The search was a reasonably complicated one which pivoted on one simple constant fact that I could follow through the both UK and Australian records.
6452 Ernest James Davies was a 33 year old single draper when he enlisted in 21st Battalion, AIF in 1916. Ernest saw service in France but he suffered from the conditions he encountered in the trenches.
Ernest was born in 1883 in Aberdare, Wales to James and Ann Davies. His parents names were in his service record so he was easy to find in the UK census records. He was one of 10 children. The problem I faced was working out which of the many men by this name was the right person living in Australia. This led me back to that one constant: Ernest was a draper.
I located the correct immigration record and found that Ernest, at the age of 30 in 1913, left the UK aboard the Orient Line ship "Otranto" for Melbourne. This helped me to narrow down the possible options in the Australian electoral rolls until I isolated the correct man based on his employment - a draper. Also at the same address was Gladys Davies who turned out to be Gladys Annie Ester Price who Ernest married in 1925 aged 42. There is no evidence that they had children so I had to go back and research Ernest's nine siblings.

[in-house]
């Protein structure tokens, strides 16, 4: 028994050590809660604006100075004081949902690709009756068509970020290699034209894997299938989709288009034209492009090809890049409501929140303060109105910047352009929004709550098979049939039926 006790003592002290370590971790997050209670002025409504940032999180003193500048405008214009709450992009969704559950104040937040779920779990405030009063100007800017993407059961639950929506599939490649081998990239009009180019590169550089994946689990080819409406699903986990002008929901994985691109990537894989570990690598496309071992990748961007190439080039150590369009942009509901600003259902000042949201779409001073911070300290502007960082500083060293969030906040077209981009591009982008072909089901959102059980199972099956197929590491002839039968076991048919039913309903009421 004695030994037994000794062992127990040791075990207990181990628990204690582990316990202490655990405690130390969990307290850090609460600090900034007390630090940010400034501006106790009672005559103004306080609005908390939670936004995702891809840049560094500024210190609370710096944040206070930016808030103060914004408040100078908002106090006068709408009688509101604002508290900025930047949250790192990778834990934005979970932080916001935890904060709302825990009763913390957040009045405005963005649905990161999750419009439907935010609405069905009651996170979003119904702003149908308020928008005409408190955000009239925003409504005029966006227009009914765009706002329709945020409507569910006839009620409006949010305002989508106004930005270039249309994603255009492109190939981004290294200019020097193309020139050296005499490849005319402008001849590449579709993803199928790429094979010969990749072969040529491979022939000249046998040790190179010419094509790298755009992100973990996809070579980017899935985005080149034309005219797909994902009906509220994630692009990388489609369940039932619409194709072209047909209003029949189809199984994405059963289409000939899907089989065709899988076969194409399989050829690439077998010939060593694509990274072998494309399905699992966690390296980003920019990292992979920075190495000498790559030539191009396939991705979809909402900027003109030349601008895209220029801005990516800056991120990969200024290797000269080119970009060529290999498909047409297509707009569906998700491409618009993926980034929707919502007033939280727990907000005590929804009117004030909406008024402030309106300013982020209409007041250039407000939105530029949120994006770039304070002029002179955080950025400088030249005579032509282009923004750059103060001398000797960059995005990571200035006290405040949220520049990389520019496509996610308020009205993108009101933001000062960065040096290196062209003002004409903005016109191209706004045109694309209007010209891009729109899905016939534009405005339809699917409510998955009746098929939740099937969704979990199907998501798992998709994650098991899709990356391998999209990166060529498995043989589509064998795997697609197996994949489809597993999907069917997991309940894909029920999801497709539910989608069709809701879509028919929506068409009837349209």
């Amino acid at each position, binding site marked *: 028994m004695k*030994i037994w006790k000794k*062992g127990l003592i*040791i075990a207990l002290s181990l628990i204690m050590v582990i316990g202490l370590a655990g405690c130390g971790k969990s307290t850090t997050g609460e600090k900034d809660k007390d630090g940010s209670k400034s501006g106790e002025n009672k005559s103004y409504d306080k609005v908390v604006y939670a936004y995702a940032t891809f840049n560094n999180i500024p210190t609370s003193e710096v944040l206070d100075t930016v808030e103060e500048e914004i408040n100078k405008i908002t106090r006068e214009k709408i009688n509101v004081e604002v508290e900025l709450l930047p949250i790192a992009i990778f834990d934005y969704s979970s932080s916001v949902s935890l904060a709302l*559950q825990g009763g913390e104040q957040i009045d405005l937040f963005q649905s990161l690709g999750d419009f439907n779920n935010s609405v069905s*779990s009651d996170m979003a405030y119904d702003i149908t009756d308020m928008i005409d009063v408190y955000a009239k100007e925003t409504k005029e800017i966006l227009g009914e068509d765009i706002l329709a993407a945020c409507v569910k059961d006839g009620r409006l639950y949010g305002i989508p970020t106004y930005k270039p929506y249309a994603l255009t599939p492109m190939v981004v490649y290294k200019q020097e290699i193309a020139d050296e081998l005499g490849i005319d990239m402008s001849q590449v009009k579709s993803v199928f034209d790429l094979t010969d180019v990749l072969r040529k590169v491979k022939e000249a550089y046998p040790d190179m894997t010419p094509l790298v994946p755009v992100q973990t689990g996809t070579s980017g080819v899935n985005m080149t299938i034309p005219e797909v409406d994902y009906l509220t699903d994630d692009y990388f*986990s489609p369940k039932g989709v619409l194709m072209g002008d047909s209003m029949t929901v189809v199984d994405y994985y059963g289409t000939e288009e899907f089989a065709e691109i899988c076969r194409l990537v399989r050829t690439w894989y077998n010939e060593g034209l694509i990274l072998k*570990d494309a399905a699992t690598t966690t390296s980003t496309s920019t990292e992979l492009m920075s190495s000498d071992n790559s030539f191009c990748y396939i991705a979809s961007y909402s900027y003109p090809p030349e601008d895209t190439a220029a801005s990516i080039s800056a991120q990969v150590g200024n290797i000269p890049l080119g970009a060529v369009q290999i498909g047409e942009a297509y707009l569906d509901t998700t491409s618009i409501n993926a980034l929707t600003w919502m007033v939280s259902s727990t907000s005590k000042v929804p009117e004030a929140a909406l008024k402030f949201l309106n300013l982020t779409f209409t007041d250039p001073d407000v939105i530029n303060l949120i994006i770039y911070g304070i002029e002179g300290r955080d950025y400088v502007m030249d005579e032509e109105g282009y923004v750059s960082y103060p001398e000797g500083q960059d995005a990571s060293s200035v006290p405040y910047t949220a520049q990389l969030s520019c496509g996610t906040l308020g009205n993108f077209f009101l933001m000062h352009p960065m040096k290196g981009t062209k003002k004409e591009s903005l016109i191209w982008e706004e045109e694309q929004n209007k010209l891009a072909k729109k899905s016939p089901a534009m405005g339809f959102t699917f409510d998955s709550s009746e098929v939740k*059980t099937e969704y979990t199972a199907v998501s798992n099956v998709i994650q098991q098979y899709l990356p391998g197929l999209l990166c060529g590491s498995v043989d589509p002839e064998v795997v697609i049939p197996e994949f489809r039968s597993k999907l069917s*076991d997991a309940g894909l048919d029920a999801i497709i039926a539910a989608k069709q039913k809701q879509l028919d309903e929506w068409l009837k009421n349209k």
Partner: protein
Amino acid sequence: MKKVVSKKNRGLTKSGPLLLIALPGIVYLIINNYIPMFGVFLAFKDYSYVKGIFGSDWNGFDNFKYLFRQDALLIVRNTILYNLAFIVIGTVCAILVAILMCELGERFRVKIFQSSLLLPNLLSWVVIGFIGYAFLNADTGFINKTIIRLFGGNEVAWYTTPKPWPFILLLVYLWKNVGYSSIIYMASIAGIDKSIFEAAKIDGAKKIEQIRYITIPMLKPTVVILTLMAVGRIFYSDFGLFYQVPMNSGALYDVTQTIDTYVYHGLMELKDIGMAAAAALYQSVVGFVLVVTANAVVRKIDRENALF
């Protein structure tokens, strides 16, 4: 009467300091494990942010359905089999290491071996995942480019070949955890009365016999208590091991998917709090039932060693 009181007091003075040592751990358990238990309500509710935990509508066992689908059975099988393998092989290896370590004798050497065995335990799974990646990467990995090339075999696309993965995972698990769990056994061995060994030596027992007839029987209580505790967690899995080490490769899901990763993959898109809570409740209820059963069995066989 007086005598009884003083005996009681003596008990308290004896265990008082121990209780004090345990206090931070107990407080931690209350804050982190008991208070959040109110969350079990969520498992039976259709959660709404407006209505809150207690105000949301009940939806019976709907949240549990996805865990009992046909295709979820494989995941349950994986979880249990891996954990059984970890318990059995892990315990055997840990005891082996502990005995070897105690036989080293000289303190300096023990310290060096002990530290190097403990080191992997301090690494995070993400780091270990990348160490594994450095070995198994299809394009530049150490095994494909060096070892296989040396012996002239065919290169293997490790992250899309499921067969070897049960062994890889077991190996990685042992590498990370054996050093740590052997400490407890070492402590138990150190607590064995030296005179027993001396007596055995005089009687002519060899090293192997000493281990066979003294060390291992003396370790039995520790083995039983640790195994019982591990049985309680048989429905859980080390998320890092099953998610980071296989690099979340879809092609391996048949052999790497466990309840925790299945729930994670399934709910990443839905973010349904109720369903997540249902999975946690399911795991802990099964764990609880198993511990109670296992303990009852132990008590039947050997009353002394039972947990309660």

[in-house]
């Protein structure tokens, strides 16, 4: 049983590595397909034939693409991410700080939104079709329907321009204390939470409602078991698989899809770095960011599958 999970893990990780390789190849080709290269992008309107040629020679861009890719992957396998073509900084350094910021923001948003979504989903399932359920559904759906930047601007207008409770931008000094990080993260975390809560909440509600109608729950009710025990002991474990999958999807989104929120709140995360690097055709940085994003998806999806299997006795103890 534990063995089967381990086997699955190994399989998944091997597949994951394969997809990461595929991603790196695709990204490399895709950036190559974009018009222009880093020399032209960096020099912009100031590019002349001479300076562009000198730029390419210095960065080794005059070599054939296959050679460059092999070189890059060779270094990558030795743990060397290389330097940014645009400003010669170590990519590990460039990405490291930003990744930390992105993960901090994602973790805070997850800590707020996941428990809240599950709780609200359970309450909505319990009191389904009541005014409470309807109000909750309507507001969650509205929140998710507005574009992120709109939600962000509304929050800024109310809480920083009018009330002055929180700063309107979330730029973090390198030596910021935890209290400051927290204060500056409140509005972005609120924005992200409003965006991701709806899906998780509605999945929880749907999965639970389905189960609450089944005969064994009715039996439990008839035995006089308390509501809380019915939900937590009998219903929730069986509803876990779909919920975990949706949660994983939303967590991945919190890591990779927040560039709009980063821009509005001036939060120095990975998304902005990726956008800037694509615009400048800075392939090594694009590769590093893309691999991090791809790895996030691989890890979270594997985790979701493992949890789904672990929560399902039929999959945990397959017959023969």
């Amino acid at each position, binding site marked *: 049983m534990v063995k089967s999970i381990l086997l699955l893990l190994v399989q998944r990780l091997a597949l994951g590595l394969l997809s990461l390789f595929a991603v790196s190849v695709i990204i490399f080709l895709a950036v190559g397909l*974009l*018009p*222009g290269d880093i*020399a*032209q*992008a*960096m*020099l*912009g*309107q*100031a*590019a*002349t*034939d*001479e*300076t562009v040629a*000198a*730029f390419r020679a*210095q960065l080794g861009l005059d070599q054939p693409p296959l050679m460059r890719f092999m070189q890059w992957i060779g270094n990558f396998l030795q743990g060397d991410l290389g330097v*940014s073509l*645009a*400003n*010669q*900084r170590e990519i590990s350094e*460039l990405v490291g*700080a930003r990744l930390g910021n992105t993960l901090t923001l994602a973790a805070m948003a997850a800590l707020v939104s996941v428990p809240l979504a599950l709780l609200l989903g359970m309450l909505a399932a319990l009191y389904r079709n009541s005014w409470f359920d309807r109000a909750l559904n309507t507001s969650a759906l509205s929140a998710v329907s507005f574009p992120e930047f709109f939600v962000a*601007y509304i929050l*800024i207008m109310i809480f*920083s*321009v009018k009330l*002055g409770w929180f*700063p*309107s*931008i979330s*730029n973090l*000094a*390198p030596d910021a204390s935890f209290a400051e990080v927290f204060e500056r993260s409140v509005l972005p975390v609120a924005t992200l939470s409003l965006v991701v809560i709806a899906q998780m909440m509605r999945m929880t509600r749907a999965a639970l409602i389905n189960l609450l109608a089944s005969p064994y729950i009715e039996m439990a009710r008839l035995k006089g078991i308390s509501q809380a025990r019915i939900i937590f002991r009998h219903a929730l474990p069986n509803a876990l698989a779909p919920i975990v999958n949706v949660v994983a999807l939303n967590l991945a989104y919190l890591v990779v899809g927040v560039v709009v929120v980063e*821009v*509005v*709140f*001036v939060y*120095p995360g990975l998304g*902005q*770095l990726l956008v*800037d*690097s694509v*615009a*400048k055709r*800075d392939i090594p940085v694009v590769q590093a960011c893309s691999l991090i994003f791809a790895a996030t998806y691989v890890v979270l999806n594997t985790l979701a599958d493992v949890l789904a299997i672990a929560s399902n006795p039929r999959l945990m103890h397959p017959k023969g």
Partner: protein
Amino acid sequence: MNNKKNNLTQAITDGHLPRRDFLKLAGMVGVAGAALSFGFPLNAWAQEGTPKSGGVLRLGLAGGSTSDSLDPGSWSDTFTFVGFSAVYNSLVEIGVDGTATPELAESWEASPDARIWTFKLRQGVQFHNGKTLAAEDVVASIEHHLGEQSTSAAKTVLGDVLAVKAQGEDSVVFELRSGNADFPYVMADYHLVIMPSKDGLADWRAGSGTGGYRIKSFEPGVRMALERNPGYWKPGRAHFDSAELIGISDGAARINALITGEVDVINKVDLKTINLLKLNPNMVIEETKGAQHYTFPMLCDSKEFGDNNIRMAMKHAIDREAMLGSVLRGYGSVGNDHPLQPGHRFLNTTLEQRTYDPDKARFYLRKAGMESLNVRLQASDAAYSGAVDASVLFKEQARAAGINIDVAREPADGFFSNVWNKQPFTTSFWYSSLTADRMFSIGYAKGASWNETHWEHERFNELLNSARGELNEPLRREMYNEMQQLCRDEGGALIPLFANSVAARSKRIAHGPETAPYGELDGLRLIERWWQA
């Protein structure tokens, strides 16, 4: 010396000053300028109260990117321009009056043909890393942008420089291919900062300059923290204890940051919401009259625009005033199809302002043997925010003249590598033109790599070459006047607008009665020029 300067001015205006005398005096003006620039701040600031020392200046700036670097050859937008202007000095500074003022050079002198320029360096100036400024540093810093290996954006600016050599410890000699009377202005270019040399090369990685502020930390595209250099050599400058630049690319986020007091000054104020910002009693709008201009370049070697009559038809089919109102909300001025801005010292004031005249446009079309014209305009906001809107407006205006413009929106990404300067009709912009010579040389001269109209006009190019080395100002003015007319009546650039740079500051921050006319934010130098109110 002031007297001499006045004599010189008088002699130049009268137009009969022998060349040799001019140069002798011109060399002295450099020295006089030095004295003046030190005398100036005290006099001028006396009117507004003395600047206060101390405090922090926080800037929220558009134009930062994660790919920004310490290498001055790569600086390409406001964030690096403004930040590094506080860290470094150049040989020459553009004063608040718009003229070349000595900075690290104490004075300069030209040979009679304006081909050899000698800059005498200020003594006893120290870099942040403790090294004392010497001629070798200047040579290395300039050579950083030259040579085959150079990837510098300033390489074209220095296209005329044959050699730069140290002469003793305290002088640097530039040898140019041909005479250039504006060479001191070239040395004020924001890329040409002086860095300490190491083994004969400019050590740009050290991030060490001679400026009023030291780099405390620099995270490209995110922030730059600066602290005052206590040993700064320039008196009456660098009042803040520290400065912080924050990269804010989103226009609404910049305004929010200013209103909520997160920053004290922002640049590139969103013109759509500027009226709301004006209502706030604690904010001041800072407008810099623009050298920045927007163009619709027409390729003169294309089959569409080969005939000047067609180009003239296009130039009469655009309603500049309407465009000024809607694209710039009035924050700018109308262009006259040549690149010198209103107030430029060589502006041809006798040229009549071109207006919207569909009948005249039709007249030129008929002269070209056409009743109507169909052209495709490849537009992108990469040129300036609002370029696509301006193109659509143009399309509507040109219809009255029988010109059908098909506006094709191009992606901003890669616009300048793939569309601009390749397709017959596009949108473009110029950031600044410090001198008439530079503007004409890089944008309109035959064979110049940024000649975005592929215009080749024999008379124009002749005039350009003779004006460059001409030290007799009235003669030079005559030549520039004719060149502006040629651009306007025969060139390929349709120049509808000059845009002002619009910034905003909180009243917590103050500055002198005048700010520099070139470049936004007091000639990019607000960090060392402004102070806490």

One sister, Lena, married
Arthur Jenkins and their son was Thomas James Jenkins. Thomas' daughter
is Linda who married Neil Pxxxx. Their daughter is Sarah who I found is doctor in the UK. My only contact option was to call Sarah's practice, request their email address and hope an email would get through to her.I got far more in return than I could hope for. Sarah forwarded my email to Linda who has contacted me with some additional information which has filled in a few blanks that I had about the Davies/Jenkins connections. Linda is Ernest's great niece and I'll soon end the medal to her in the UK.
This search has been going on since June 2015 when I received Ernest's BWM from Max Howard of the Toodyay RSL. How the medal ended up in rural WA is a mystery I don't think will every be explained.
This might just be a simple medal but for Bill and me, as well as all those associated with Lost Medals Australia over the years, it marks a significant milestone as this is the 2000th medal that we have returned.